And with Oscar, the idea of digital isn’t just limited to online and mobile for buying and servicing — users also get access to a doctor care line with a committed call back in an hour, meaning members don’t having to sit in a waiting room (even if it is on Park Avenue) for 45 minutes just for some basic reassurance. Generic prescriptions also don’t require any co-pay (yes, no additional out-of-pocket cost to plan members), and Oscar covers birth control and, yes, acne treatments.

Alright, so Oscar is clearly aiming at the good, fortunate, and strong market, since it’s aimed at a digitally savvy, young, New York City plan buyer who’s been trained by her most recent digital experience, not by a health insurance experience. Mainstream health plans, group insurers, and even auto insurers would do well to pay attention to how Oscar’s digital business team and agency turned shopping and buying health insurance into an awesome experience — and more importantly, if the company will able to carry over the great digital buying experience into member servicing in the coming months.

I'll be speaking more on Oscar and all things digitally innovative in the insurance industry at Forrester's eBusiness Forum in Chicago, November 5-6. Hope to see you there.

Comments

Good story, Ellen. Oscar is

Good story, Ellen. Oscar is very focused on tapping the value of telemedicine, an area I think insurers should examine and incent. I have not one, not two, not three, but FIVE devices in my house that can transmit and receive real-time video. While you wouldn't want a doctor making a final decision based on a grainy FaceTime connection, you can at least communicate some of the initial information. And, of course, these cameras are only going to get better, and the quality of the transmission will improve.

Waiting for a doctor in New York is nearly Kafkaesque, and the volume of patients stresses the providers and their staffs anyway. It's not unusual to wait for two hours, see a doctor for 15 minutes, then be billed for a bunch of hasty tests just to rule things out, because there simply isn't enough time. Telemedicine might at least be able to narrow the issue down and give the doctor a glimpse into what he or she is dealing with given their limited time.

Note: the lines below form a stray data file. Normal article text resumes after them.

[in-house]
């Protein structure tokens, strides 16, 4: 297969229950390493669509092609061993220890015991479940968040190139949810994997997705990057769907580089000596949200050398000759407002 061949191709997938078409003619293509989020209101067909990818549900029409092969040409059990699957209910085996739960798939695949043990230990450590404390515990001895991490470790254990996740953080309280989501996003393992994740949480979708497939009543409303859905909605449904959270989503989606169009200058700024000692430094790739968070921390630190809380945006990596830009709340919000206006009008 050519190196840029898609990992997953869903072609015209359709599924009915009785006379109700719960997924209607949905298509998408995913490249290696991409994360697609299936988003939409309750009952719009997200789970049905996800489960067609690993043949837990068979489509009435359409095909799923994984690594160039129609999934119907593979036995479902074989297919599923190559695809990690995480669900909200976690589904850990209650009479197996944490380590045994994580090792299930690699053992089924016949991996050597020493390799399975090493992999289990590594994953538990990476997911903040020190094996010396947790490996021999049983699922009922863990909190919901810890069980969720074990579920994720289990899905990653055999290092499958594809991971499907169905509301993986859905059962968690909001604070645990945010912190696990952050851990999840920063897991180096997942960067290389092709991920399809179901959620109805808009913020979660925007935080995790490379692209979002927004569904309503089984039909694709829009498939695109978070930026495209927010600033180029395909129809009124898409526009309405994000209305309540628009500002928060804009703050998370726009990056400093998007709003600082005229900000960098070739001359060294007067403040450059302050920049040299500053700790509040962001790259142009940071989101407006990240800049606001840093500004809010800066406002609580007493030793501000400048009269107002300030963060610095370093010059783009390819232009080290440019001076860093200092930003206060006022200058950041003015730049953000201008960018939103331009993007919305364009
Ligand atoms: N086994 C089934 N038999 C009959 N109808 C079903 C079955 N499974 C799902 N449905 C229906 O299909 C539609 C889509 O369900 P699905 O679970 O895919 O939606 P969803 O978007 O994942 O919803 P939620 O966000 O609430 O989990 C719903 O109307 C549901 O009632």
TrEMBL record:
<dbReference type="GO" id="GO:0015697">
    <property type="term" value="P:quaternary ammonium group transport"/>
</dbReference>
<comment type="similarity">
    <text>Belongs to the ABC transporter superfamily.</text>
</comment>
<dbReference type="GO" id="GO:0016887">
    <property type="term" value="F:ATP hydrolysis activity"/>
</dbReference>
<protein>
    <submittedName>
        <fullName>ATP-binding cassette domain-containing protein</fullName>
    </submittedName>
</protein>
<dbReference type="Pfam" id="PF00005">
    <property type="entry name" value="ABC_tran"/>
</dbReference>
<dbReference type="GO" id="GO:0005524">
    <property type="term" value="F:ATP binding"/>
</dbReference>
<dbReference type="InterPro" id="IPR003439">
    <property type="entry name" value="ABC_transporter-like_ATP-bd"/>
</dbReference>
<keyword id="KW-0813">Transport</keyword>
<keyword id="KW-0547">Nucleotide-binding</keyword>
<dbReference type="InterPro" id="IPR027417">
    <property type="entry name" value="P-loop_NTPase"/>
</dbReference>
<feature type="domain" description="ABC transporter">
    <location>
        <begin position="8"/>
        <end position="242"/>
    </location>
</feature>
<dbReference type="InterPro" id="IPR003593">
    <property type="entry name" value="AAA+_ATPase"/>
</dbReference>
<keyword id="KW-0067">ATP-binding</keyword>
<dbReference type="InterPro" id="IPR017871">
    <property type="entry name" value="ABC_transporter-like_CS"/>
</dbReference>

Telemetry is changing auto insurance already, and home insurance and commercial insurance are adopting telematic deceives en masse. It stands to reason that other lines can find effective applications.

Great comments, Nate, and

Great comments, Nate, and love your first hand perspective in Manhattan doctors' offices. I agree--we're just scratching the surface on what telematics can do to support our increasingly connected lives...

In this age of information

In this age of information transparency shopping for health insurance has been one of the scariest things to undertake for a solo entrepreneur.

Have spent a few months searching around and the combination of pushy salesman and confusing matrices of opaque information have been a nightmare. Just checked out the site and am already loving the clarity and user experience. Thanks for the referral! Hopefully this is the way of the world.